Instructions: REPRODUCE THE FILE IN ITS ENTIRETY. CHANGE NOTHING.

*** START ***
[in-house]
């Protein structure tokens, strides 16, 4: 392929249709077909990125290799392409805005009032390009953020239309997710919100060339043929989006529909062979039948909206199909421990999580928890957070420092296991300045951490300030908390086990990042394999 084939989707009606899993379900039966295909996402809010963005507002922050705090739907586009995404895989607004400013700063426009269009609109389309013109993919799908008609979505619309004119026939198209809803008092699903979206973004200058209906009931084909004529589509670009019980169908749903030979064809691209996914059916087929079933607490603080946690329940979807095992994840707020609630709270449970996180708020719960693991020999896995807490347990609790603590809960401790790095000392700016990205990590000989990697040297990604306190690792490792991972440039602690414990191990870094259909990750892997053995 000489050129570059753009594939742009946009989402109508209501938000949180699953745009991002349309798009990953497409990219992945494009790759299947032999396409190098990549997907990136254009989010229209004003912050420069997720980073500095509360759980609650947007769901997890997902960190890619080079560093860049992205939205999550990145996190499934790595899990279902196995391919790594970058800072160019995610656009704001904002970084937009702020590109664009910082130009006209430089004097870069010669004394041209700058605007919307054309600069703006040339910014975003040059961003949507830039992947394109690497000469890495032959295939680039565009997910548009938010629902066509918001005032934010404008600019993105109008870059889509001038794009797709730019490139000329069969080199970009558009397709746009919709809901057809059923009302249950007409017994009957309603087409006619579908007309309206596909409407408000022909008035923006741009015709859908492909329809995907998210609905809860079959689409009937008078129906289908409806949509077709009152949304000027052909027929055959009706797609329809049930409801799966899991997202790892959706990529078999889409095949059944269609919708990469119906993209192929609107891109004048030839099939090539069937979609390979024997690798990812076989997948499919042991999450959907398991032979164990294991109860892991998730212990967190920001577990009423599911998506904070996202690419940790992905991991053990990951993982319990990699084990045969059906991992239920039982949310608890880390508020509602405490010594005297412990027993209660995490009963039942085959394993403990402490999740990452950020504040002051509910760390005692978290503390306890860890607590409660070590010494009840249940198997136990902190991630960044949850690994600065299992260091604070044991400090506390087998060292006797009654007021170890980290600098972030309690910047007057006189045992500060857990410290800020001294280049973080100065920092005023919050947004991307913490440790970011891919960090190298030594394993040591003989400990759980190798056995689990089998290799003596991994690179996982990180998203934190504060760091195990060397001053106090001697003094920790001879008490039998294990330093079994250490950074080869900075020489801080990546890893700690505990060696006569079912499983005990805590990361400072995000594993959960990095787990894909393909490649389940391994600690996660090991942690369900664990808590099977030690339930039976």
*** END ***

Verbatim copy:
[in-house]
């Protein structure tokens, strides 16, 4: 392929249709077909990125290799392409805005009032390009953020239309997710919100060339043929989006529909062979039948909206199909421990999580928890957070420092296991300045951490300030908390086990990042394999 084939989707009606899993379900039966295909996402809010963005507002922050705090739907586009995404895989607004400013700063426009269009609109389309013109993919799908008609979505619309004119026939198209809803008092699903979206973004200058209906009931084909004529589509670009019980169908749903030979064809691209996914059916087929079933607490603080946690329940979807095992994840707020609630709270449970996180708020719960693991020999896995807490347990609790603590809960401790790095000392700016990205990590000989990697040297990604306190690792490792991972440039602690414990191990870094259909990750892997053995 000489050129570059753009594939742009946009989402109508209501938000949180699953745009991002349309798009990953497409990219992945494009790759299947032999396409190098990549997907990136254009989010229209004003912050420069997720980073500095509360759980609650947007769901997890997902960190890619080079560093860049992205939205999550990145996190499934790595899990279902196995391919790594970058800072160019995610656009704001904002970084937009702020590109664009910082130009006209430089004097870069010669004394041209700058605007919307054309600069703006040339910014975003040059961003949507830039992947394109690497000469890495032959295939680039565009997910548009938010629902066509918001005032934010404008600019993105109008870059889509001038794009797709730019490139000329069969080199970009558009397709746009919709809901057809059923009302249950007409017994009957309603087409006619579908007309309206596909409407408000022909008035923006741009015709859908492909329809995907998210609905809860079959689409009937008078129906289908409806949509077709009152949304000027052909027929055959009706797609329809049930409801799966899991997202790892959706990529078999889409095949059944269609919708990469119906993209192929609107891109004048030839099939090539069937979609390979024997690798990812076989997948499919042991999450959907398991032979164990294991109860892991998730212990967190920001577990009423599911998506904070996202690419940790992905991991053990990951993982319990990699084990045969059906991992239920039982949310608890880390508020509602405490010594005297412990027993209660995490009963039942085959394993403990402490999740990452950020504040002051509910760390005692978290503390306890860890607590409660070590010494009840249940198997136990902190991630960044949850690994600065299992260091604070044991400090506390087998060292006797009654007021170890980290600098972030309690910047007057006189045992500060857990410290800020001294280049973080100065920092005023919050947004991307913490440790970011891919960090190298030594394993040591003989400990759980190798056995689990089998290799003596991994690179996982990180998203934190504060760091195990060397001053106090001697003094920790001879008490039998294990330093079994250490950074080869900075020489801080990546890893700690505990060696006569079912499983005990805590990361400072995000594993959960990095787990894909393909490649389940391994600690996660090991942690369900664990808590099977030690339930039976």